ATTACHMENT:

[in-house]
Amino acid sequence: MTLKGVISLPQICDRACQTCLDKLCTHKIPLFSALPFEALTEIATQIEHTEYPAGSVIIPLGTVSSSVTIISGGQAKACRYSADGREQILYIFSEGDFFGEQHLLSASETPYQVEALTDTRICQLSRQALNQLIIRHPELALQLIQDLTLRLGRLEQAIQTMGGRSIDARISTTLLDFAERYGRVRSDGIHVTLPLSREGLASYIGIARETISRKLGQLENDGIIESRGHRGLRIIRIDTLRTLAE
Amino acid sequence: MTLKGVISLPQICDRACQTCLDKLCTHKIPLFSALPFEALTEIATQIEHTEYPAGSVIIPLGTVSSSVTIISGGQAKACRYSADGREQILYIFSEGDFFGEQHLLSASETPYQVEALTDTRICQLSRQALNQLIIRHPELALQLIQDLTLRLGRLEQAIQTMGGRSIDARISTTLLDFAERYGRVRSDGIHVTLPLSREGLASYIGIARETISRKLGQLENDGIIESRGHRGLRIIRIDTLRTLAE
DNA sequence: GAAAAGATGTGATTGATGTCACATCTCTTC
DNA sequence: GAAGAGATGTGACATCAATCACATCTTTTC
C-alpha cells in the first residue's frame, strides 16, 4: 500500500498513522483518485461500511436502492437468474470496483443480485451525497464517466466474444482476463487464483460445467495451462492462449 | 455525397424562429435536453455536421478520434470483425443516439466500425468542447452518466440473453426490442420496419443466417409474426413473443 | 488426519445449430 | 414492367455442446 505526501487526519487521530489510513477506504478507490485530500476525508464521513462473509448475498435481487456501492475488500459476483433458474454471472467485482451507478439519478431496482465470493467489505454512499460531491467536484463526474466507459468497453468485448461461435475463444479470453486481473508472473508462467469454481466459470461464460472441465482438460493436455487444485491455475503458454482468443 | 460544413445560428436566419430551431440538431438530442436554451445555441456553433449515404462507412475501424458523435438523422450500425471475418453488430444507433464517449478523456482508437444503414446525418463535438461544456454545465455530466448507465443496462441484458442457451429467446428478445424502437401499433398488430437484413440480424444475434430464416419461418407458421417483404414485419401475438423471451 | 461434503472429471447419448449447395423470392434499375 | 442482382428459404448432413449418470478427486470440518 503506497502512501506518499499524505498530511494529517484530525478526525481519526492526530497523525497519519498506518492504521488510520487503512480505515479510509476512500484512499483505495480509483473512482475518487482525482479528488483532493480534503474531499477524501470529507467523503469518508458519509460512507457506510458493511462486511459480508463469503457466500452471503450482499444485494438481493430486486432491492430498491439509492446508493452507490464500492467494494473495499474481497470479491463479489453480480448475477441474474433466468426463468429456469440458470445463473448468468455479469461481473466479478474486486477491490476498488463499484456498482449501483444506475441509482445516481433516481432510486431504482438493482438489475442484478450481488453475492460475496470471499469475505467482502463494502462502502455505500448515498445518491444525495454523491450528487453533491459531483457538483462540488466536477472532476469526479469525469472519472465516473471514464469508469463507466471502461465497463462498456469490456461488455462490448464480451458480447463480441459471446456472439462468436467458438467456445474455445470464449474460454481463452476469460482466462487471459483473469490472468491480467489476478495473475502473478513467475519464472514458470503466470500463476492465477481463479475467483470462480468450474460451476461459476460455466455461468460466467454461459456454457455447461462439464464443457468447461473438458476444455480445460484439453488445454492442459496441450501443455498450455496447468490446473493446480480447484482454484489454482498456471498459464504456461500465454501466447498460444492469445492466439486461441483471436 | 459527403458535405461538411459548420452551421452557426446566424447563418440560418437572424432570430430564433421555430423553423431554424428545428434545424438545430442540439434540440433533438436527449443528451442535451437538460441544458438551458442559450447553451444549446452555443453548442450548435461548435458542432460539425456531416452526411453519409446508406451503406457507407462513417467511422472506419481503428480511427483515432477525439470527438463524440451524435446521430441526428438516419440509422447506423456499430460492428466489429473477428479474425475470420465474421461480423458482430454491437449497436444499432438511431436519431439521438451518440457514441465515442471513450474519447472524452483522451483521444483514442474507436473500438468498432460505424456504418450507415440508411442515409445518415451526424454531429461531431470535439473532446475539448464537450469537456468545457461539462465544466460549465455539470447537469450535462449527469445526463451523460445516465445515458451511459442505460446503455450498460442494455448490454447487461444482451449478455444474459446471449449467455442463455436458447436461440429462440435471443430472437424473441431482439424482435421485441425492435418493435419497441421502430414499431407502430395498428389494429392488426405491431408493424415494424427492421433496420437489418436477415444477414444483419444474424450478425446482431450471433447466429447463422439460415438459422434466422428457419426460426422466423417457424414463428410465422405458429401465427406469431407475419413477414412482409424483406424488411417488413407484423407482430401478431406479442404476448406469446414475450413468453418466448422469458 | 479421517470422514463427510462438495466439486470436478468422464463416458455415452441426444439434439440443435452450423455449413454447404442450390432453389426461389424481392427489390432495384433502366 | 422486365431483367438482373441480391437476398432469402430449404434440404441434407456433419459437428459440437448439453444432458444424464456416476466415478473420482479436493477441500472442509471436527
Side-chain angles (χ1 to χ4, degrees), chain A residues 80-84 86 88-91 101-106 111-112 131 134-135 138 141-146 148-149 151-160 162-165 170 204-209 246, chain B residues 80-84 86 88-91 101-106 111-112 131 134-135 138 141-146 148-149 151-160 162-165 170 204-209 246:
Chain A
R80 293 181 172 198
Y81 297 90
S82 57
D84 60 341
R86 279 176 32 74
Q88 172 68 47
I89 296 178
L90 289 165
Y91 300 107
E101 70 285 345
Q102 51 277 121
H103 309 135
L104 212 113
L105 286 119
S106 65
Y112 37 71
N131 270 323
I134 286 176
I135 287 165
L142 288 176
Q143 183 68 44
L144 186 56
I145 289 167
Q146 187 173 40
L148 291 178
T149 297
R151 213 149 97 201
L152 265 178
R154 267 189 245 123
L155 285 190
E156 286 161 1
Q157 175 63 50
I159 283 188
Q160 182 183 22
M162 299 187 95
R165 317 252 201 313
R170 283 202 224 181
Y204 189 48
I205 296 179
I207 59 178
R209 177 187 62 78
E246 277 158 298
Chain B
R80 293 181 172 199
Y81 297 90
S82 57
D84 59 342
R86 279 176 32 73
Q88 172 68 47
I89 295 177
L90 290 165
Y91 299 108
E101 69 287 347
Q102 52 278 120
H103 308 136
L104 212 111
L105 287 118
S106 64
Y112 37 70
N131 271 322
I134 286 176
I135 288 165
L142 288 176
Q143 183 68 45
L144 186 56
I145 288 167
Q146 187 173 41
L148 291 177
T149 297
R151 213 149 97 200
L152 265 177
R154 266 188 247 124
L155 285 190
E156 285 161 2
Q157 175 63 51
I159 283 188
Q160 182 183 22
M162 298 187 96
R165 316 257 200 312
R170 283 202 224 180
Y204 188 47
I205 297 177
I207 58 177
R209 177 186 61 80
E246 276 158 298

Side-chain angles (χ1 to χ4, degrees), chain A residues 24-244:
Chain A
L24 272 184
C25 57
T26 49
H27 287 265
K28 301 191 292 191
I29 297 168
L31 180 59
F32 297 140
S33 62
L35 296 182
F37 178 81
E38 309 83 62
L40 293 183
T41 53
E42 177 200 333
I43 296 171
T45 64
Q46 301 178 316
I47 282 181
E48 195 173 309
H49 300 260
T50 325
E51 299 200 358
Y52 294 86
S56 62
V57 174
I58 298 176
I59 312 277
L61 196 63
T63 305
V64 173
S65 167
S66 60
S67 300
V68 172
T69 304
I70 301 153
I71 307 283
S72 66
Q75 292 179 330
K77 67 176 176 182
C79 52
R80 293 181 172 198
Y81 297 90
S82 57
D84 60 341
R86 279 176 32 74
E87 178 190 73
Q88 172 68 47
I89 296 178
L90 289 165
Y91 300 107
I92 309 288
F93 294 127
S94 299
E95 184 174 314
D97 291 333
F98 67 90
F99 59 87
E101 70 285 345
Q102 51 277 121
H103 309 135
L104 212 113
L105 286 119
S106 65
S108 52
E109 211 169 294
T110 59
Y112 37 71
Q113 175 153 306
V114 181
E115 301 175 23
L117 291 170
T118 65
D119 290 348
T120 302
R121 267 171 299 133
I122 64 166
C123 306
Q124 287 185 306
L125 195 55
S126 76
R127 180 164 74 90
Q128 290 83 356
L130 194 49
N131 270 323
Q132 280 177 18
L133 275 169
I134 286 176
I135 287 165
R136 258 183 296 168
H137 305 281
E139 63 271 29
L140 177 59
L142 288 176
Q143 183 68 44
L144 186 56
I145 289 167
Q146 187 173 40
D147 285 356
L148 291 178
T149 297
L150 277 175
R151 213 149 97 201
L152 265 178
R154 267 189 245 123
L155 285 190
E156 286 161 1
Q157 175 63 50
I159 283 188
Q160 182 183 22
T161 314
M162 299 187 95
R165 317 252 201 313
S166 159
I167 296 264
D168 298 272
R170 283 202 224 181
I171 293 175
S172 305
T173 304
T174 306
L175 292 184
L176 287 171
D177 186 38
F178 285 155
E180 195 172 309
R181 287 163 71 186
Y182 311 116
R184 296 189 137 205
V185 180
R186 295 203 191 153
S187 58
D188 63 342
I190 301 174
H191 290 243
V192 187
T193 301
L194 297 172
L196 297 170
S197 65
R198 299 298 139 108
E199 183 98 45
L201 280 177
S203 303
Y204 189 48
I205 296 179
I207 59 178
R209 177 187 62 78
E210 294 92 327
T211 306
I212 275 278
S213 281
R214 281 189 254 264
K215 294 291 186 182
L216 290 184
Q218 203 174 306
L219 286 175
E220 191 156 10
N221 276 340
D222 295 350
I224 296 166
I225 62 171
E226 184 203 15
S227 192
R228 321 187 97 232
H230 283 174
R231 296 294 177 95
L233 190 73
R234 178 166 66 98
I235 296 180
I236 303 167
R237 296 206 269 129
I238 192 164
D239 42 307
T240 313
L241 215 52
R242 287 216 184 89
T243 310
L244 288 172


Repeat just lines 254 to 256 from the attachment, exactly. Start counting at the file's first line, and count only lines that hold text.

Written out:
E220 191 156 10
N221 276 340
D222 295 350